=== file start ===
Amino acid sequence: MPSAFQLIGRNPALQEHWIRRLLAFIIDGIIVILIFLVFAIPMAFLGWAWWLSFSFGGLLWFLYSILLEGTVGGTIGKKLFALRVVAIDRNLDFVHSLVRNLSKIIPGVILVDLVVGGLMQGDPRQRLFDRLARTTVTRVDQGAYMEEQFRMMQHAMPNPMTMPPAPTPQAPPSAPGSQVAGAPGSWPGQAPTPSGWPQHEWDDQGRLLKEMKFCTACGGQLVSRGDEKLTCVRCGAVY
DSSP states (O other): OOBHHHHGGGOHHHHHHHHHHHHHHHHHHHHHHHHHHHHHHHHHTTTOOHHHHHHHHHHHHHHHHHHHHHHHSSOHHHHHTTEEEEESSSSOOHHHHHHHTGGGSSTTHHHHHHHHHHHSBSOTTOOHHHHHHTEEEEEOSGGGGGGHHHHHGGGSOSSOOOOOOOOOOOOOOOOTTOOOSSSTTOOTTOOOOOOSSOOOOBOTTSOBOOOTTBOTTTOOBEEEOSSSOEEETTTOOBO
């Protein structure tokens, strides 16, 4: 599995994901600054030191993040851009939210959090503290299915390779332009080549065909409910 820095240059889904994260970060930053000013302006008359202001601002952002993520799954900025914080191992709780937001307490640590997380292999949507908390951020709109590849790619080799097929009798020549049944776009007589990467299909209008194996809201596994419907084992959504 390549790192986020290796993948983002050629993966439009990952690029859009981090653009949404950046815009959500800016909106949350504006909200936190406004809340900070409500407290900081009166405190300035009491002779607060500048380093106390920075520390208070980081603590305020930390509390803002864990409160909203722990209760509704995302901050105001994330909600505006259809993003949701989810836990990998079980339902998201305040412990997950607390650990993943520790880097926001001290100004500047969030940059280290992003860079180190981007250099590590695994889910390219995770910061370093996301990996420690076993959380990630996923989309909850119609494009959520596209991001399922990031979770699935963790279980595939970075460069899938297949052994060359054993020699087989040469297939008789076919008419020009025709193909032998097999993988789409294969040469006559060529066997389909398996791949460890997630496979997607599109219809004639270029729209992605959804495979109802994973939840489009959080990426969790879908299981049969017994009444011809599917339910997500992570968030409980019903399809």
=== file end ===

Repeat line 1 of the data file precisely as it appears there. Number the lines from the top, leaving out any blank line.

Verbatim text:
Amino acid sequence: MPSAFQLIGRNPALQEHWIRRLLAFIIDGIIVILIFLVFAIPMAFLGWAWWLSFSFGGLLWFLYSILLEGTVGGTIGKKLFALRVVAIDRNLDFVHSLVRNLSKIIPGVILVDLVVGGLMQGDPRQRLFDRLARTTVTRVDQGAYMEEQFRMMQHAMPNPMTMPPAPTPQAPPSAPGSQVAGAPGSWPGQAPTPSGWPQHEWDDQGRLLKEMKFCTACGGQLVSRGDEKLTCVRCGAVY